Virginia Maples Innis, 80, writer, master flower design instructor
by San Diego News
Published - 03/02/07 - 09:13 AM | 7295 views | 0 0 comments | 18 18 recommendations | email to a friend | print
 

 

Virginia Maples Innis, formerly Pasto, passed away Feb. 12 after a car accident in Point Loma. Innis was a fixture of San Diego, arriving to the area in 1945.

She was a writer, national landscape design consultant, award-winning master judge and professional flower design instructor emeritus, past president of the San Diego Floral Association (California's oldest and largest garden club) and past president of Point Loma and Palomar District Garden clubs.

Innis had an encyclopedic knowledge of subjects ranging from plants to history and sports "“ and anyone who had ever sat next to her on a park bench for a few minutes was aware of this.

She retraced her family genealogy, finding roots that extended as far back as the Revolutionary War. In fact, Innis traced family lines to the pallbearers at George Washington's funeral, two brothers and ancestors who had allegedly helped Washington lead the shoeless, ragtag American Revolutionary troops across the icy Delaware River in order to surprise the English on a freezing cold day after Christmas in 1776.

Innis had also discovered that she was related through the McNeill family to American icon of motherhood Anna McNeill Whistler, the famously posed, stern-faced mother of painter James McNeill Whistler.

Innis' vast knowledge extended to sports, and she was an avid Padres and Chargers fan, who vexed local men half her age when she continually won the betting pools. At 80, she even attended several Padres baseball games, which she thoroughly enjoyed.

Born Virginia Maples on a farm in rural Mercer, Tenn., in 1926, she attended high school in Memphis. Innis went on to marry artist Sammy Pasto and together they migrated to California about 62 years ago with two of her sisters, Ona Maples Kennedy and Ann Maples Waterson, both of Kensington.

Innis graduated from San Diego State University's College of Arts and Letters in 1954, majoring in journalism (social sciences). She was the first in her family to attend college, much less earn a degree. She later obtained teaching credentials and taught English, history and yearbook/journalism classes at Jordan High School in Long Beach, Mar Vista High in Imperial Beach and Coronado High. She went on to teach night classes at the Midway Adult School, now the Midway Transition Program.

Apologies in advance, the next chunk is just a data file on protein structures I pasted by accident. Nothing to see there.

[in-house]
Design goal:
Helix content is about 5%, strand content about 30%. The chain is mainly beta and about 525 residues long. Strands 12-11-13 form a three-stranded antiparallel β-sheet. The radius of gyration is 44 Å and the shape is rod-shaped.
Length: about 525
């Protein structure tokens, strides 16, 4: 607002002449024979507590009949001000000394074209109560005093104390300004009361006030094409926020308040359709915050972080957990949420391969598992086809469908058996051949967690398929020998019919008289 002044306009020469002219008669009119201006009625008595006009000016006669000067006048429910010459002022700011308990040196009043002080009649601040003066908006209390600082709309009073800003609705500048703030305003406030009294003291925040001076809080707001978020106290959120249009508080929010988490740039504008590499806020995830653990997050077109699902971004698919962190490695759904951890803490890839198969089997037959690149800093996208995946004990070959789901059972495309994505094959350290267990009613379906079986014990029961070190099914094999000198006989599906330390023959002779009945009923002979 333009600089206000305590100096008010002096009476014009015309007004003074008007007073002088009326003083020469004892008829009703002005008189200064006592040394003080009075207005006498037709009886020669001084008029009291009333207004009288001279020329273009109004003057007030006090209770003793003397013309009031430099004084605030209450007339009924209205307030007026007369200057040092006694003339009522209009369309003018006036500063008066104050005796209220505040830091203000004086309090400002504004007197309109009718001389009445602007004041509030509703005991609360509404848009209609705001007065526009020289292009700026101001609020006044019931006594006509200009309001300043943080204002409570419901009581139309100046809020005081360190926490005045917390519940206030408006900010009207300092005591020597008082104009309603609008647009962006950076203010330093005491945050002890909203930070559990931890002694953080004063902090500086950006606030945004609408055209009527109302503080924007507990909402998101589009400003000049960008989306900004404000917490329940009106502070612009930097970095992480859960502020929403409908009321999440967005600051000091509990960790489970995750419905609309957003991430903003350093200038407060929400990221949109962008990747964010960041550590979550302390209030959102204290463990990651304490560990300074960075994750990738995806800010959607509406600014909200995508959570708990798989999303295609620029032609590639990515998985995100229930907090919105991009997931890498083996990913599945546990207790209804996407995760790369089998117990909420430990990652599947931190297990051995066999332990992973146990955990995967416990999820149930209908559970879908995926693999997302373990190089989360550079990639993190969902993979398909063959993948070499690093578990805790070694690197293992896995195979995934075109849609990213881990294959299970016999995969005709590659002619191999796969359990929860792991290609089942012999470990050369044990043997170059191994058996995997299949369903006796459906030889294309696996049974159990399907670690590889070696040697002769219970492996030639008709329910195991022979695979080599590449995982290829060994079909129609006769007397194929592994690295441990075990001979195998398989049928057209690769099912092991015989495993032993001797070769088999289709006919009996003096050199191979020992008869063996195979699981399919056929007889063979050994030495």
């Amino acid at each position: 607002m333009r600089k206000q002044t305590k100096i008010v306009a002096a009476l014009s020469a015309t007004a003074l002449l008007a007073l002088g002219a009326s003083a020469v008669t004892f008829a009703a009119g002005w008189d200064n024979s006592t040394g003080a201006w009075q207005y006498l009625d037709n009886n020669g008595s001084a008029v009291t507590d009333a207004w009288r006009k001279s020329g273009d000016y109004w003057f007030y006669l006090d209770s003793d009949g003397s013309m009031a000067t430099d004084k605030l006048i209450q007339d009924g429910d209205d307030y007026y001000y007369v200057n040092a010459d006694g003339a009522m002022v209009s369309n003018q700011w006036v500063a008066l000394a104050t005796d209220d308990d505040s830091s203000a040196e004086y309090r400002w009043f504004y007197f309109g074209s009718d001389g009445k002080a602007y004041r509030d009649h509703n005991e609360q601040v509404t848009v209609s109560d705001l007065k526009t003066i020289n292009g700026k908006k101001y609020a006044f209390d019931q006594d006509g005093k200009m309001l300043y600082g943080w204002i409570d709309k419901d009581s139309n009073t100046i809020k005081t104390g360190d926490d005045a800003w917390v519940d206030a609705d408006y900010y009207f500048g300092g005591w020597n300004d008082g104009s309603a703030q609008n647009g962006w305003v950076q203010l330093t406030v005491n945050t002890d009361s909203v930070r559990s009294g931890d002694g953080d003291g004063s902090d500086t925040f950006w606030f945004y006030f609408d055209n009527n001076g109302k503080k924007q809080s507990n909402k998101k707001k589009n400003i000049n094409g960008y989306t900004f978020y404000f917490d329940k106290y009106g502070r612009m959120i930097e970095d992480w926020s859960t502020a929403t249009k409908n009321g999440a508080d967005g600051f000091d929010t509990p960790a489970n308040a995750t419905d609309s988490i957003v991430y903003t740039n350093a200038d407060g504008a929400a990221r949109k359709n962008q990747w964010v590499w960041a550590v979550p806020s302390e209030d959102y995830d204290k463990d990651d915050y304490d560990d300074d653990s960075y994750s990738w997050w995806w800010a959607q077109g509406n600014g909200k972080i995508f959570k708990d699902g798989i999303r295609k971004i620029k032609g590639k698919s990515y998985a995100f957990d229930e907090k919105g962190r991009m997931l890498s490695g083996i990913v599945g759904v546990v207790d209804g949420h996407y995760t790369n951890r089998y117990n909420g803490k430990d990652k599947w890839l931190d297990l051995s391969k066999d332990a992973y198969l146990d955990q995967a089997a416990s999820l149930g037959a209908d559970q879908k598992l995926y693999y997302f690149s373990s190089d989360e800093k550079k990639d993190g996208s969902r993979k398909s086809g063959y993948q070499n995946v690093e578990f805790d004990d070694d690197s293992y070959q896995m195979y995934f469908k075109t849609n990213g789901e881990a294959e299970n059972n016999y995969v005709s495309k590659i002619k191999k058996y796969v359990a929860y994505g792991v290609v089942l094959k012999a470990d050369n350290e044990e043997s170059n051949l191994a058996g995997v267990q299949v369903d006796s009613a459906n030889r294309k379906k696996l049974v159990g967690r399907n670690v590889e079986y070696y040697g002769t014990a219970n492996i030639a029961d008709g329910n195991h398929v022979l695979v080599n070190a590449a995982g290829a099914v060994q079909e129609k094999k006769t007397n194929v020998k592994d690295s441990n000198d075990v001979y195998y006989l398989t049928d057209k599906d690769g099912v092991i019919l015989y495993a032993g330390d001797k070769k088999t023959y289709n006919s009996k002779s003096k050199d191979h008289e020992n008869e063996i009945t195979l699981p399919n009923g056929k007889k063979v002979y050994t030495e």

In 1962, she remarried to San Diego architect Donald A. Innis. As sailing enthusiasts, the pair started the San Diego Sailing Club, teaching classes in the Point Loma area in 1963. The couple joined the San Diego Yacht Club soon thereafter.

Innis had a passionate and long affair with gardening, flower arranging and design, which she actively pursued until her death. Innis studied ikebana "“ the Japanese art of flower arrangement, also known as "kado," or the "way of flowers" "“ as well as other flower arranging genres, becoming a judge emeritus and a master flower design instructor. She judged flower exhibits all over California, including at the annual Del Mar fair. Innis even designed bold and stylistic flower arrangements which were positioned in front of classic pieces of art for the San Diego Museum of Art's annual floral extravaganza, Art Alive. She knew the Latin name of just about any plant and could not be stumped.

Innis was active in and belonged to more than half a dozen different garden clubs and flower societies, including the National Council of Garden Clubs, San Diego Bromeliad Society, the San Diego Orchid Society and the San Diego Cactus and Succulent Society. As a past president of the San Diego Floral Association, she was heavily involved in the planning of the association's upcoming 100th anniversary celebration.

Innis famously started the first flower judging school at San Diego Floral Association and was scheduled to be lauded at the event as one of the major contributors. She was also a writer and regular contributor to California Garden, the well-known gardening magazine established in 1909.

Innis is survived by her husband, Don; sons James and John Pasto and Don Innis, Jr.; daughters Christina and Cynthia Ona Innis; ex-husband, Sammy Pasto; six grandchildren; and six great-grandchildren.

Donations may be made to the San Diego Floral Association, the Point Loma Garden Club, Scripps Research Institute or the American Heart Association.
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